When it comes to Woody Allen, Susan Sarandon has "nothing good to say."
On Sunday, the actress addressed past accusations of sexual abuse against the director in a discussion with Geena Davis during Variety and Kering's Women in Motion talk at the Cannes Film festival.
"I think he sexually assaulted a child and I don’t think that’s right,” Sarandon said. "I have nothing good to say about him. I don’t want to go there.”
Sarandon's comments come just after Blake Lively, star of Allen's latest film, "Café Society," called the director "empowering to women."
"It’s amazing what Woody has written for women,” Lively told the Los Angeles Times, noting that the accusations against the director had no influence on her decision to work with him. “It’s very dangerous to factor in things you don’t know anything about. I could [only] know my experience. And my experience with Woody is he’s empowering to women,” she said.
The controversy surrounding Allen's past made the news again last week after his son, Ronan Farrow, published a piece in The Hollywood Reporter. Farrow criticized the media for ignoring allegations against the director and choosing not to ask him tough questions.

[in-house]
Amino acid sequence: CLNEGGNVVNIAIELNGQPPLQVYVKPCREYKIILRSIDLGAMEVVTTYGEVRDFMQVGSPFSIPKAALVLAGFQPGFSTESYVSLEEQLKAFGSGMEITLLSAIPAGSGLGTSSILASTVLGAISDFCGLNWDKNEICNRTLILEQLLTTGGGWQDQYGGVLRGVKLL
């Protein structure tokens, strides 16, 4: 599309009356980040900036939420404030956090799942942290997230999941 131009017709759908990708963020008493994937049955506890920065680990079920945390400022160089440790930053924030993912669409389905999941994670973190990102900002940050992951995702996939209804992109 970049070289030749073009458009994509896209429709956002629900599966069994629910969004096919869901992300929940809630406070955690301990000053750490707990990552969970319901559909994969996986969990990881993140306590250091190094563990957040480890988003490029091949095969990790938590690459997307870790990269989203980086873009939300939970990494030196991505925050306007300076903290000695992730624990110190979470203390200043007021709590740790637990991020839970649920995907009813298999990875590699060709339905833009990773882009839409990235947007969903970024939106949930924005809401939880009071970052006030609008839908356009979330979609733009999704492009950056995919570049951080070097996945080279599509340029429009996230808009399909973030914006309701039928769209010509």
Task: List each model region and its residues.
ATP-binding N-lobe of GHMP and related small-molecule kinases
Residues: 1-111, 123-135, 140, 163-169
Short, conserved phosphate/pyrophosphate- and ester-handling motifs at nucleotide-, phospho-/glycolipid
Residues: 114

Allen's estranged daughter, Dylan Farrow, maintains he sexually assaulted her when she was a child. She went public with her story for the first time in a 2014 op-ed in the New York Times. No charges were ever pursued, and Allen has consistently denied the allegations.
During the Cannes opening ceremony Wednesday, French comedian Laurent Lafitte also referenced Allen's past by making a rape joke at the director's expense. And while the joke offended Lively, Allen seemed unfazed.
“I’m completely in favor of comedians making any jokes they want,” Allen said at a luncheon during the festival. “I am a nonjudgmental, non-censorship person on jokes. I’m a comic myself, and I feel they should be free to make whatever jokes they want.”
“I’m never offended,” he added. “It would take a lot to offend me.”